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Abstract Detail


Jestrow, Brett [1], Gutiérrez, Jorge [2], Francisco-Ortega, Javier [3].

Islands within Islands: a Radiation across the Serpentine Archipelago of Cuba.

The Caribbean Island Biodiversity Hotspot is the largest insular system of the New World and a priority for biodiversity conservation worldwide. The tribe Adeliae (Euphorbiaceae) has over 35 species endemic to this hotspot, representing one of the most extraordinary cases of speciation in the West Indies, involving taxa from Cuba, Hispaniola, Jamaica, and the Bahamas. These species form a monophyletic group and traditionally have been accommodated in two endemic genera: Lasiocroton and Leucocroton. A study based on: (1) scanning electron microscopy of pollen and trichomes, (2) macromorphology, and (3) molecular data, was conducted to reveal generic relationships within this group. Phylogenies were based on parsimony and Bayesian analyses of nucleotide sequences of the ITS regions of the nuclear ribosomal DNA and the non-coding chloroplast DNA spacers psbM-trnD and ycf6-pcbM. Three major monophyletic assemblages were revealed, one of them was restricted to Hispaniola and was sister to a clade with two monophyletic groups. The first of these two groups was restricted to Cuba and had those species confined to serpentine soils. The second group had species occurring in Cuba, Hispaniola, Jamaica, and the Bahamas. Morphological, biogeographical, and ecological data provided additional support for each of these three monophyletic assemblages. The Hispaniolan taxa were accommodated in a new genus with four species: Garciadelia. Leucocroton had those species from serpentine soils of Cuba, and the rest of the endemic species of the tribe were placed in Lasiocroton. The geographic history of the islands as well as the phylogenetic placement of the Leucocroton-alliance, allows the present study to include both the historical biogeography of the Leucocroton-alliance across the islands of the Caribbean based on a dispersal-vicariance analysis.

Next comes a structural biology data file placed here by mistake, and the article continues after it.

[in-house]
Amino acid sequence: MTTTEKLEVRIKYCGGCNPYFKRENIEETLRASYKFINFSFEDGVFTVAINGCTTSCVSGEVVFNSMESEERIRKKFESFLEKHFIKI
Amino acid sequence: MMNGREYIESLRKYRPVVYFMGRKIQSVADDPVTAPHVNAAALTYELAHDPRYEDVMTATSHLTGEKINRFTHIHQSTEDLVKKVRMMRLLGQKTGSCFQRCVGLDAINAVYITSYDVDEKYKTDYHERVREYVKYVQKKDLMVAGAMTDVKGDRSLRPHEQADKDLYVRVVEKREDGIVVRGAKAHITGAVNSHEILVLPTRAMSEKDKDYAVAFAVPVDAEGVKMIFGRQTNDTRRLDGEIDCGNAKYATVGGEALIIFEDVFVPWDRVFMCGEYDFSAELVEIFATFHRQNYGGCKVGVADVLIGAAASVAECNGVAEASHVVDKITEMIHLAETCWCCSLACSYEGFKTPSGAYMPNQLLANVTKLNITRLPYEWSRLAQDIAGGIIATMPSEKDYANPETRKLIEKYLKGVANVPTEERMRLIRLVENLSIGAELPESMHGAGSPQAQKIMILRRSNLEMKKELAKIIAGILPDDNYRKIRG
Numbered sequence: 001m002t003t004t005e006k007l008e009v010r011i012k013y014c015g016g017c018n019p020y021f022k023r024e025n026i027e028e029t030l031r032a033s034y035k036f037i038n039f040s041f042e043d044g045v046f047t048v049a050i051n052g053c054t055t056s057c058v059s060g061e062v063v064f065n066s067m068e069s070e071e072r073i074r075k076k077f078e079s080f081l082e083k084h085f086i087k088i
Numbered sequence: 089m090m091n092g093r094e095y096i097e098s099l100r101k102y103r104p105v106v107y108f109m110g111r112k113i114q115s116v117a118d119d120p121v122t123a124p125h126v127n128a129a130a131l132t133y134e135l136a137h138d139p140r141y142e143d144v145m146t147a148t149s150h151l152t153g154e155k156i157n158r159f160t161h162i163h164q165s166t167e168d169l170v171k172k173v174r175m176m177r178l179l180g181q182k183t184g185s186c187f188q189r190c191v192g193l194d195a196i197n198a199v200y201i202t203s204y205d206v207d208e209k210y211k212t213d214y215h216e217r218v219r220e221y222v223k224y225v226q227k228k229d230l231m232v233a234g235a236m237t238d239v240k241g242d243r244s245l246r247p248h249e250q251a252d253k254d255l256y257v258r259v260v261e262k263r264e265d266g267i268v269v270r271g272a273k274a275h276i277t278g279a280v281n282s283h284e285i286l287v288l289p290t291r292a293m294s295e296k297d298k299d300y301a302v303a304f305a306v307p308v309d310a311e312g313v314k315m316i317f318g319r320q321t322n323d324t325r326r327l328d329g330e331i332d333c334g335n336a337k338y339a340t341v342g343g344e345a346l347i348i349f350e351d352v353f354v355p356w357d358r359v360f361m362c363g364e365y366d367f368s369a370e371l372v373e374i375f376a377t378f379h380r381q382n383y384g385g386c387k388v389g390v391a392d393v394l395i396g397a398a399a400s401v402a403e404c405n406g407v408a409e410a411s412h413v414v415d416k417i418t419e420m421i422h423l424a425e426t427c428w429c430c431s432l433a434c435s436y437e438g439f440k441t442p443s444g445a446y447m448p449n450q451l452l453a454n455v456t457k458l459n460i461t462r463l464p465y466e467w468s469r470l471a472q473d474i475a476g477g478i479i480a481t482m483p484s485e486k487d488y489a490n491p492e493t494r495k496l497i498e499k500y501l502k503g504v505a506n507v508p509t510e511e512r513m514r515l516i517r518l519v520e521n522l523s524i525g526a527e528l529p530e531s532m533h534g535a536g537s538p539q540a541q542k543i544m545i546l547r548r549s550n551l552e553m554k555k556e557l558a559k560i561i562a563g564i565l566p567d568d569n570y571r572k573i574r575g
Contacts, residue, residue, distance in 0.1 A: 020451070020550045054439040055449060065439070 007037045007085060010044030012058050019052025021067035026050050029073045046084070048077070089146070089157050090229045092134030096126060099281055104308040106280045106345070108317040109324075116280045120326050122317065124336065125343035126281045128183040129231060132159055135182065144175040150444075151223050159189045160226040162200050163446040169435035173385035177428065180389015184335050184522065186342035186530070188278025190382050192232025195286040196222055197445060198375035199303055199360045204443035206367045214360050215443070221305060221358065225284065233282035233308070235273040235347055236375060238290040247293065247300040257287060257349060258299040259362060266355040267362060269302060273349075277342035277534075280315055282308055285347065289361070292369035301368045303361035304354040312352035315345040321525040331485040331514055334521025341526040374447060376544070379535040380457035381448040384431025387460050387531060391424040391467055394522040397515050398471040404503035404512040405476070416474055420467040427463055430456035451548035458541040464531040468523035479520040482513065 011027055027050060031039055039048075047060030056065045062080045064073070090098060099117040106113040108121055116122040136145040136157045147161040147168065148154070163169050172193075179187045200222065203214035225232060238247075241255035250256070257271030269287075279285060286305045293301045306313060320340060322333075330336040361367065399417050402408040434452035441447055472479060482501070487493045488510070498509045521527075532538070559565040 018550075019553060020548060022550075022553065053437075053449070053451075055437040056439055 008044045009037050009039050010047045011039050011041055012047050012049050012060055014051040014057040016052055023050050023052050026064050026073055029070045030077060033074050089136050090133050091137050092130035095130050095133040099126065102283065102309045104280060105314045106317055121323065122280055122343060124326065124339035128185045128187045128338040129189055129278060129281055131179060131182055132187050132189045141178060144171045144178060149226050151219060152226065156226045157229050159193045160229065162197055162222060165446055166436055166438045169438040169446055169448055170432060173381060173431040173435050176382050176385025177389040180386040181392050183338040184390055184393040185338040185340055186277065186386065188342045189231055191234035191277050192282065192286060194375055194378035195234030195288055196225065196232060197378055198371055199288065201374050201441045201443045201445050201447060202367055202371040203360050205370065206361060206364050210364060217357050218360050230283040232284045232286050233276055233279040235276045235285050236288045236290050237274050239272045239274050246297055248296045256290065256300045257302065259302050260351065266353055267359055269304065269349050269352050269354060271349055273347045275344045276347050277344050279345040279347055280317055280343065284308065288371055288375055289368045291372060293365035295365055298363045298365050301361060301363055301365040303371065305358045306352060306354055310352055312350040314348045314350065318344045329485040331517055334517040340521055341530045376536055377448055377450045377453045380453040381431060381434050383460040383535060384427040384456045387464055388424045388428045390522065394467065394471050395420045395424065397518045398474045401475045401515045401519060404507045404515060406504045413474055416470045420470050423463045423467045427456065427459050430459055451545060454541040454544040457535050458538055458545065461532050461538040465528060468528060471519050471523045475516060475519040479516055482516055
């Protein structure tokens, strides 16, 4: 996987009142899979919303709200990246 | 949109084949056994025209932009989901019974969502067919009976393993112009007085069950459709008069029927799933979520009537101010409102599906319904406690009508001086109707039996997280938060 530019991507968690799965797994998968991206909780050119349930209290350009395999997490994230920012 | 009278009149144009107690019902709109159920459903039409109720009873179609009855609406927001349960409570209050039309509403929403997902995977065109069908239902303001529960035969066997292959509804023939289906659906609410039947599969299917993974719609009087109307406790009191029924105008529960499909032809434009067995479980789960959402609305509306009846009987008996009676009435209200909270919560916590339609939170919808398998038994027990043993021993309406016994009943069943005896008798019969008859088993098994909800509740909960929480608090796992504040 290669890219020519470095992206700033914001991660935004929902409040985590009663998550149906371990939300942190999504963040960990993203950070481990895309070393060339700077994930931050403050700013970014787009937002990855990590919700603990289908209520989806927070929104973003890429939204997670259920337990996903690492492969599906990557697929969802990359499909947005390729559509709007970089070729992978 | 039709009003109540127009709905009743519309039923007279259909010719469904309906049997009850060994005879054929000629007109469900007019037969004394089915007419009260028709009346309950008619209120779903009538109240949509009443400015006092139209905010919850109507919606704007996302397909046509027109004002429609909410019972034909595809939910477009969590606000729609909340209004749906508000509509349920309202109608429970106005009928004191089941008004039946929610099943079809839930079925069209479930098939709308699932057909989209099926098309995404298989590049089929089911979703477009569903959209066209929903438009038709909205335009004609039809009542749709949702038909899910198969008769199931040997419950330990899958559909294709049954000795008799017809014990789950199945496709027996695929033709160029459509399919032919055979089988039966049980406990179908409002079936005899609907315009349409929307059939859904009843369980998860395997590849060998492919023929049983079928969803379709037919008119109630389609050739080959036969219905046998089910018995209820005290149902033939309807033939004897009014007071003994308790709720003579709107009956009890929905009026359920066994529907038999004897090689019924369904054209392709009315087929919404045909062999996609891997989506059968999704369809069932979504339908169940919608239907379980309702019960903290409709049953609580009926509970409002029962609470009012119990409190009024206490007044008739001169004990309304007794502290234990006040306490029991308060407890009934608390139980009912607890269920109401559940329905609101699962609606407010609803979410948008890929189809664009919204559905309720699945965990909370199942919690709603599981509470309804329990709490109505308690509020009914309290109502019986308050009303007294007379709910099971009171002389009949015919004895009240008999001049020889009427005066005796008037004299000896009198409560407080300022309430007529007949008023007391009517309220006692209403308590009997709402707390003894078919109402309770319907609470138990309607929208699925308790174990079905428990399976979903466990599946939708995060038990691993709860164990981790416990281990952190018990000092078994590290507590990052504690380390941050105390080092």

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1 - Florida International University, Deparment of Biological Sciences, 11200 SW 8th St., Miami, Florida, 33199, USA
2 - Jardín Botánico Nacional, Universidad de la Habana, Carretera del Rocío km 3 1/2, La Habana, Cuba
3 - Florida International Universsity & Fairchild Tropical Botanic Garden, Biological Sciences & Center for Tropical Plant Conservation, Miami, FL, 33199, USA

none specified

Presentation Type: Oral Paper:Papers for Topics
Session: 3
Location: 551A/Convention Center
Date: Monday, August 2nd, 2010
Time: 10:15 AM
Number: 3009
Abstract ID:202

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